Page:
Flaky sea salt dried with geothermal energy

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Flaky sea salt dried with geothermal energy

Flögusalt þurrkað með jarðvarma

In Iceland, sea salt is dried far away from all possible source of pollution by using energy from hot springs and is called flögusalt þurrkað með jarðvarma. It is characterized by its flaky texture (due to large crystals), moisture and a high level of minerals. Historically, a lack of firewood made salt production by boiling seawater difficult in Iceland. This can be seen in Iceland’s food traditions; food was preserved by drying, fermentation and pickling in acid whey, but not by the use of salt. Still, some salt was produced by the burning of seaweed, thus making ‘black salt’, or by collecting salt from rocks and cliffs at the seaside during warm periods. Besides this very limited domestic production, salt had been imported from the 17th century for the production of salted cod (bacalao). In the late 18th century a saltwork was established in Reykjanes in Southern Iceland. The idea was to use geothermal energy to make salt with the open pan method, thus meeting the increasing demand from businesses salting cod. Reykjanes was chosen because how close to the shore the hot springs were in the area. At this time Iceland was a Danish colony. Pans, wood and other material were transported to Iceland, and professional salt makers recruited from Norway to help with the construction of the saltworks. Once established, it produced about 80 tons of salt a year, which went to the domestic production of bacalao. The production was small and by the end of the 18th century it came to a halt due to lack of support from the Danish government, but the Icelanders continued limited salt making for local use for some decades.?The old method of salt making has recently been revived in the Westfjords of Iceland. The area is still very geothermically active and, like in the 18th century, hot springs are used for boiling of seawater and drying of the salt. Geothermal energy is almost the sole energy source in the production, which makes the process environmentally friendly and sustainable and unique. The flaky salt is sold both domestically and abroad, mainly to the Nordic countries and the USA. The annual production is approximately 50 tons, but with the recent addition of saltpans the capacity could be almost doubled to 80 to 100 tons. In comparison the yearly imports of salt for food production in Iceland is 40,000-50,000 tons.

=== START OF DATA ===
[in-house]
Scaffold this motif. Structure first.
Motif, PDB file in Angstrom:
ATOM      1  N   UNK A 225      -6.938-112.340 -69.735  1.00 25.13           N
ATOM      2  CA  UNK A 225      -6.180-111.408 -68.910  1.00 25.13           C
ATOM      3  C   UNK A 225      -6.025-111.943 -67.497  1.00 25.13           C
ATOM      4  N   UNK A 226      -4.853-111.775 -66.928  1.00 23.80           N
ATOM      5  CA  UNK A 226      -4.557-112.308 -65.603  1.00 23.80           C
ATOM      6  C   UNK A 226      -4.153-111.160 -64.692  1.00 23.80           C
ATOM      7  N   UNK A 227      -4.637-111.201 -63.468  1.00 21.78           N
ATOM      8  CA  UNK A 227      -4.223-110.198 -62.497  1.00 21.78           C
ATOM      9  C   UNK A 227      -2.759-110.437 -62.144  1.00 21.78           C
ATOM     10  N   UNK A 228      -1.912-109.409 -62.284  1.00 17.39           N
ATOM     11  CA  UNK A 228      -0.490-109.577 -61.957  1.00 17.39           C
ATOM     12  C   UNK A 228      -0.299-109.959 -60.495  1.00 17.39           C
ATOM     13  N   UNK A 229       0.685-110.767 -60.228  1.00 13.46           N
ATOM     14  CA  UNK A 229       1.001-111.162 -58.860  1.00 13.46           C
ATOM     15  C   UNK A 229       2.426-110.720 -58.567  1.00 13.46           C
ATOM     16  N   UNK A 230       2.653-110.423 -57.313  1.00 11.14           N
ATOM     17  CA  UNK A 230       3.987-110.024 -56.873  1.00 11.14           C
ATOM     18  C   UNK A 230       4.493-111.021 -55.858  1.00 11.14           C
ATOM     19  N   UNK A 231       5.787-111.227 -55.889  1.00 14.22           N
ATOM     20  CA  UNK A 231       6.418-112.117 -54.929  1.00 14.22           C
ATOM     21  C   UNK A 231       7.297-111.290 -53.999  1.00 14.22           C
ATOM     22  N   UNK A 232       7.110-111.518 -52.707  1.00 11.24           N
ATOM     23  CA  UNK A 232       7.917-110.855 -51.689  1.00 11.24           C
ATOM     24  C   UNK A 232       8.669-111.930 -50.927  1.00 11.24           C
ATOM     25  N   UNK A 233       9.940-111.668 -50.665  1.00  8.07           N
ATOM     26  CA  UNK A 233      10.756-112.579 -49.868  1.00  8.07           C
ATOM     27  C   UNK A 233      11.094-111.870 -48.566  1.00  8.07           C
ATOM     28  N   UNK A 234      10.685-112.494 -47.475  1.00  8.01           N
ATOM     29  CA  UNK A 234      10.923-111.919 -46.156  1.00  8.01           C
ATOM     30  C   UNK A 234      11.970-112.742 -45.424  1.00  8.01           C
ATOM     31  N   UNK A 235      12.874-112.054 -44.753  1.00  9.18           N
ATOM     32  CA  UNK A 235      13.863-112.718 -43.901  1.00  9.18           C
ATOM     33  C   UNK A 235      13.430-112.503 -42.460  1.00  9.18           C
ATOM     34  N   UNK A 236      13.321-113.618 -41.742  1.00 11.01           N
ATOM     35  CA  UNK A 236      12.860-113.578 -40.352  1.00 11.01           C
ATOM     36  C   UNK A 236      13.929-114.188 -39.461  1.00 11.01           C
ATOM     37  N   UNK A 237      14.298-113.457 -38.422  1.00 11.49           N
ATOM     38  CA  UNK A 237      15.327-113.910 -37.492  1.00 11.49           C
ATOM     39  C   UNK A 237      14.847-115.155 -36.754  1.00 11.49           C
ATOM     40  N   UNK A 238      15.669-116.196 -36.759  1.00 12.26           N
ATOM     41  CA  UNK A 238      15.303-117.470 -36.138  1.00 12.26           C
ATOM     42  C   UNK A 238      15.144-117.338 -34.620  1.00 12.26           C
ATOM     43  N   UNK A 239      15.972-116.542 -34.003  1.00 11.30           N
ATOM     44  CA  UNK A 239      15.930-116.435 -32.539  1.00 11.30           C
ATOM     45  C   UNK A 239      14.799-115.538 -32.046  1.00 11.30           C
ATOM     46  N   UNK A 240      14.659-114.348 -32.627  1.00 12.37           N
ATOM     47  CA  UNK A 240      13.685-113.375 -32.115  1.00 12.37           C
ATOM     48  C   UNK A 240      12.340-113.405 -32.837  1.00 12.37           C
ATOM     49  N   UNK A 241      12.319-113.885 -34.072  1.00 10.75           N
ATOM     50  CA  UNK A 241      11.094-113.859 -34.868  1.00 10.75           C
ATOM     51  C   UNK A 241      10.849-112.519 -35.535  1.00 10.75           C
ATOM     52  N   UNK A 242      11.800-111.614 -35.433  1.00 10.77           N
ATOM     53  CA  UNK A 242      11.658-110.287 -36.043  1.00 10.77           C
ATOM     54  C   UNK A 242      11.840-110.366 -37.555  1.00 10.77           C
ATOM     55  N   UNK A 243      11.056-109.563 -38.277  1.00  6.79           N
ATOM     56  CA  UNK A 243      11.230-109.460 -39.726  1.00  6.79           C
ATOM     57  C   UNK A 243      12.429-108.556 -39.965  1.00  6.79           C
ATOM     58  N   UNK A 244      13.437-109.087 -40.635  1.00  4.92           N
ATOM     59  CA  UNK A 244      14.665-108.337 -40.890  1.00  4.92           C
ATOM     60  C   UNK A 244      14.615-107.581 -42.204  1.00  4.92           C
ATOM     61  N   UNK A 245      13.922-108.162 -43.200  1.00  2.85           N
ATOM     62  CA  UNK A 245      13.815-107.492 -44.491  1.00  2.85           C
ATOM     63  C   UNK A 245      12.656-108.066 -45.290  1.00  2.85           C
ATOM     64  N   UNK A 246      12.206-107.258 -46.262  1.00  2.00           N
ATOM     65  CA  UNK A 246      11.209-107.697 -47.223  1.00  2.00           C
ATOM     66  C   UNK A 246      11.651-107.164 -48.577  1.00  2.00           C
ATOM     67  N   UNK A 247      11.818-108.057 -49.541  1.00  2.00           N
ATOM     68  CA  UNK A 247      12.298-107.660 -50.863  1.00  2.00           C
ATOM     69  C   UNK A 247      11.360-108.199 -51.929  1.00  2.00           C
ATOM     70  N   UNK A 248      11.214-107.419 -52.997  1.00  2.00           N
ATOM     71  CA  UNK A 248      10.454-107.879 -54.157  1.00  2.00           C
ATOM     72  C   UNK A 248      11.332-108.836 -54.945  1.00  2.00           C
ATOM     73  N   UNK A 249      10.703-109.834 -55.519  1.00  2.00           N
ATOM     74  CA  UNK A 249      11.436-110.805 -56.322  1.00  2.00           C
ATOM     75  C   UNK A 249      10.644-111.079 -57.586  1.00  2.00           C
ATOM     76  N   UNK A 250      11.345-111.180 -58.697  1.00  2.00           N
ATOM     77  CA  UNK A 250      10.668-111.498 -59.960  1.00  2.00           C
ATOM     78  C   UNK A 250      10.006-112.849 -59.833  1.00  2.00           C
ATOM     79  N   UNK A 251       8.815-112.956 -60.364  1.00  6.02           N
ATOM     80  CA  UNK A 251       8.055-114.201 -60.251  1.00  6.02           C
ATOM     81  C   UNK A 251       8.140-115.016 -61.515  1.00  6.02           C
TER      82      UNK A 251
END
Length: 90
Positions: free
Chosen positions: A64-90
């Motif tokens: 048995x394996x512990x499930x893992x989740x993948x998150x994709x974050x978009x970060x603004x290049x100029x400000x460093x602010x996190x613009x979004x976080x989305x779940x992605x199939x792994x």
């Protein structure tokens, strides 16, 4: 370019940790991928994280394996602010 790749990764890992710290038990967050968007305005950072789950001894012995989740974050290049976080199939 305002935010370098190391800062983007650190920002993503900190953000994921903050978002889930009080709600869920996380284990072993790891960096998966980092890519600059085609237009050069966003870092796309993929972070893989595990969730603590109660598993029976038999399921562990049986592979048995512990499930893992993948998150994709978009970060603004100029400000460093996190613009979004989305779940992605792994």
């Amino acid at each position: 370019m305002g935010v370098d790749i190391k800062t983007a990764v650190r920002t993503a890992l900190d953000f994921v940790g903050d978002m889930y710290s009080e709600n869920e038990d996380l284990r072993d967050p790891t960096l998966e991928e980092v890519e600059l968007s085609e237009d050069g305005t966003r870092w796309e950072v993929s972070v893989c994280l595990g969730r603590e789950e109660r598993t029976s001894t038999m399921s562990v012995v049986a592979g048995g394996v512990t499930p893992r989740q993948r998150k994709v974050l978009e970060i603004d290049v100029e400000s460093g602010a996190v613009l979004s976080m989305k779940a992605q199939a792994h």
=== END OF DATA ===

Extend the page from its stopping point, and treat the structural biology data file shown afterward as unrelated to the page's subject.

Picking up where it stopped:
Image: Slow Food i Reykjavik

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Territory

StateIceland
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Suðurnes

Vestfirðir

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Salt